Learn how to approach cyber security for industrial control systems with this guide from Tripwire.
#factbyte20 men serving at San Quentin prison have graduated from a program funded by The Last Mile, a nonprofit that teaches prisoners how to code and then connects them with jobs at Silicon Valley companies once they have completed their sentences.
#certspotlightA component of network fundamentals, Subnetting prevents Ethernet collisions and conflicts in address assignment. Creating subnets allow an organization to divide the physical network into several logical networks. To be able to subnet, one first must understand binary to decimal conversion. Network segmentation through subnetting allows for easier management and improved security.
A solid understanding of subnetting is vital for managing your networks and the overall Security Architecture. The Cybrary Subnetting Micro Certification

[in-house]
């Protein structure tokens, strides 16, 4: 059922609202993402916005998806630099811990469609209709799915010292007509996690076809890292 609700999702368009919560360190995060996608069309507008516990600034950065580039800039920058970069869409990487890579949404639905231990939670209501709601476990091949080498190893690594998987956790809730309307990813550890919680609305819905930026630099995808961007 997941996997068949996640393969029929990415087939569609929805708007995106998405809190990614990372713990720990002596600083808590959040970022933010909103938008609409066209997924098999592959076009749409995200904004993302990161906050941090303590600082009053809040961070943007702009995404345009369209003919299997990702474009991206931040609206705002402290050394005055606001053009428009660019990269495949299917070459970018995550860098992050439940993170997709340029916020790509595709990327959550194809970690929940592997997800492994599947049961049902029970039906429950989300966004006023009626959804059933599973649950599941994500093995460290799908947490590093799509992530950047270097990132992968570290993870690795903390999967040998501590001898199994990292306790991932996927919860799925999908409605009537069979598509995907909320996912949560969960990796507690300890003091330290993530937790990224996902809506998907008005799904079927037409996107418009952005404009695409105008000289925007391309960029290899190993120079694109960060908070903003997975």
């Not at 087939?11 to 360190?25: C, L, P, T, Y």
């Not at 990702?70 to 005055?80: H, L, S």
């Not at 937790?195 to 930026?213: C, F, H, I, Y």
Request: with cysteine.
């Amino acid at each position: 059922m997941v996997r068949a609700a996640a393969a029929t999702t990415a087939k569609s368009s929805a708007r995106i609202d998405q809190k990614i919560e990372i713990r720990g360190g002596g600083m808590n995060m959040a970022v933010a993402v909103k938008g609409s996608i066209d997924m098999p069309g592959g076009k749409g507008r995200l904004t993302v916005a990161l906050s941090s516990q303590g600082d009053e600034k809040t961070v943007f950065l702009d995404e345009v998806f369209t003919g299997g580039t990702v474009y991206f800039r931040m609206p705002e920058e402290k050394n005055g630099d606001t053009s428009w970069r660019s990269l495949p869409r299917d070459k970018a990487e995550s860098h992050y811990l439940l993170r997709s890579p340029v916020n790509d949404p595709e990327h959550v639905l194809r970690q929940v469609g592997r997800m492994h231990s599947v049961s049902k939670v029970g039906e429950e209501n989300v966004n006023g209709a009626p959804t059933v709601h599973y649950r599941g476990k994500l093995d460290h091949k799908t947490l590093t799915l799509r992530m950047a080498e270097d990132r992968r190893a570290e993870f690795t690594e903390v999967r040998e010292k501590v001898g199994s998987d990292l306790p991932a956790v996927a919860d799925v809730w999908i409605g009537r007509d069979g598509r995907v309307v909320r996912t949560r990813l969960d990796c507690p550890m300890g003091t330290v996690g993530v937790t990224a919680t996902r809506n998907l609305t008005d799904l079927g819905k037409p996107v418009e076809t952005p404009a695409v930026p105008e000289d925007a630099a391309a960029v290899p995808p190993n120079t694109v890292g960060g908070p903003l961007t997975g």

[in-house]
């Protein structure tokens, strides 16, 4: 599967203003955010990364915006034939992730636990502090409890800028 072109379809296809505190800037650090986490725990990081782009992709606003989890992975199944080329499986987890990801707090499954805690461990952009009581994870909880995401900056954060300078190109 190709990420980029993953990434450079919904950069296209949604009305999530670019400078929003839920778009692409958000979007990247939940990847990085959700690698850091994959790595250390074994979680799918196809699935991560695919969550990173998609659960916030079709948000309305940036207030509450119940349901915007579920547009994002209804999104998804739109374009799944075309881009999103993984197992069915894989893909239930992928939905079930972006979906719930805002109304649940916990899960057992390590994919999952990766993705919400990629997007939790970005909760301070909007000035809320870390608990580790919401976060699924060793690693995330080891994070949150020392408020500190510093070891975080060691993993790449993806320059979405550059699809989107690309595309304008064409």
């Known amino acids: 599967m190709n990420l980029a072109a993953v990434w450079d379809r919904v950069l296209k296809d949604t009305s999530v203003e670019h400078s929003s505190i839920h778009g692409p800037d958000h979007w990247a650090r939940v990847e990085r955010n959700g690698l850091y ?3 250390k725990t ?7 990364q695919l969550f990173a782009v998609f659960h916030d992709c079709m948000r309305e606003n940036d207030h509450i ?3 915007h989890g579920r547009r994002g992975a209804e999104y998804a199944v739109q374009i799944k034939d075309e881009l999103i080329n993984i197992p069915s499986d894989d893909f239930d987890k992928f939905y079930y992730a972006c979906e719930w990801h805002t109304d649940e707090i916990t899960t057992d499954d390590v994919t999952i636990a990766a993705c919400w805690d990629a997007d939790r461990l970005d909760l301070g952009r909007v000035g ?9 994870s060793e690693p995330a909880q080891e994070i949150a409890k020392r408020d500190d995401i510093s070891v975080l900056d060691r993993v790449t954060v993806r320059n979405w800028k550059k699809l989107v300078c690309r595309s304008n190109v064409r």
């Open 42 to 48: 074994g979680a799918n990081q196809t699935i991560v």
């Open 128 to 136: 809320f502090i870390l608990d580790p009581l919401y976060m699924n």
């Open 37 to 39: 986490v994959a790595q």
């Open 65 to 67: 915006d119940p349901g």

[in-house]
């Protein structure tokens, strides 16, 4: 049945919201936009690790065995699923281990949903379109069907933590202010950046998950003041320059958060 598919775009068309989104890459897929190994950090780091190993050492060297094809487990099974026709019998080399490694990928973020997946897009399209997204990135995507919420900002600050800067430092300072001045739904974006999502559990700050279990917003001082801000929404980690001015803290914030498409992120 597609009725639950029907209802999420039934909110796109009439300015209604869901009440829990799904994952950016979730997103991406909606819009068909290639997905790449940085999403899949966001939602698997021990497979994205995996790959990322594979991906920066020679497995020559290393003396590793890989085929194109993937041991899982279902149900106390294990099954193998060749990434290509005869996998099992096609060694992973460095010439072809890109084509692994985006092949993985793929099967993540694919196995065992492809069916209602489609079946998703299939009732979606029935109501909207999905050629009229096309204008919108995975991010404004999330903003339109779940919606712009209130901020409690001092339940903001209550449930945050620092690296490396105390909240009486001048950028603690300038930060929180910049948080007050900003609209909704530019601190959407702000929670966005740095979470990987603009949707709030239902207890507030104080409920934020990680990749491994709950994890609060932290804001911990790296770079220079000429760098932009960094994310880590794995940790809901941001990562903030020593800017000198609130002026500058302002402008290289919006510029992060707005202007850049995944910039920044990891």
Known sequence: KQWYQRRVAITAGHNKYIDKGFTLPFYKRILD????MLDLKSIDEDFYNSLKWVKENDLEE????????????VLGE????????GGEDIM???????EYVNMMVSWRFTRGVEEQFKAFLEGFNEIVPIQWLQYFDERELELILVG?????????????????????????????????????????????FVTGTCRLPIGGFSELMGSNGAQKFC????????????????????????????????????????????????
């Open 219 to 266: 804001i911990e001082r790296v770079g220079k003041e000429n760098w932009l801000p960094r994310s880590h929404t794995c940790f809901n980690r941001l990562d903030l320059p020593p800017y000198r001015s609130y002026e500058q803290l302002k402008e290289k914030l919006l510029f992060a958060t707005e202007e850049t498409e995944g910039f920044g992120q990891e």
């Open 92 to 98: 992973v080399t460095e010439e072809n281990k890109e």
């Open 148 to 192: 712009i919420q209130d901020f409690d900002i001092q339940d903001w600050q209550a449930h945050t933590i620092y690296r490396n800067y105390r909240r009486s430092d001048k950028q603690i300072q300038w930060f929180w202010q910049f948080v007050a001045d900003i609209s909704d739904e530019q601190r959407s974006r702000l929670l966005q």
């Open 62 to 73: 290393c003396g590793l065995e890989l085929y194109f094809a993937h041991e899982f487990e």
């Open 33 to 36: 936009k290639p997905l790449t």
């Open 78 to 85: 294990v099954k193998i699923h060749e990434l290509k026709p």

teaches how subnetting works, how IP addresses are broken down, and the purpose of subnetting in security and network administration, as well as what network components are represented. This micro course will also prepare you to explain network classes, dot-decimal notation, CIDR notation, subnet masks, and routing.Code expires 4/16/17 at midnight EST. Olivia Lynch (@Cybrary_Olivia)
is the Marketing Manager at Cybrary. Like many of you, she is just getting her toes wet in the field of cyber security. A firm believer that the pen is mightier than the sword, Olivia considers corny puns and an honest voice essential to any worthwhile blog.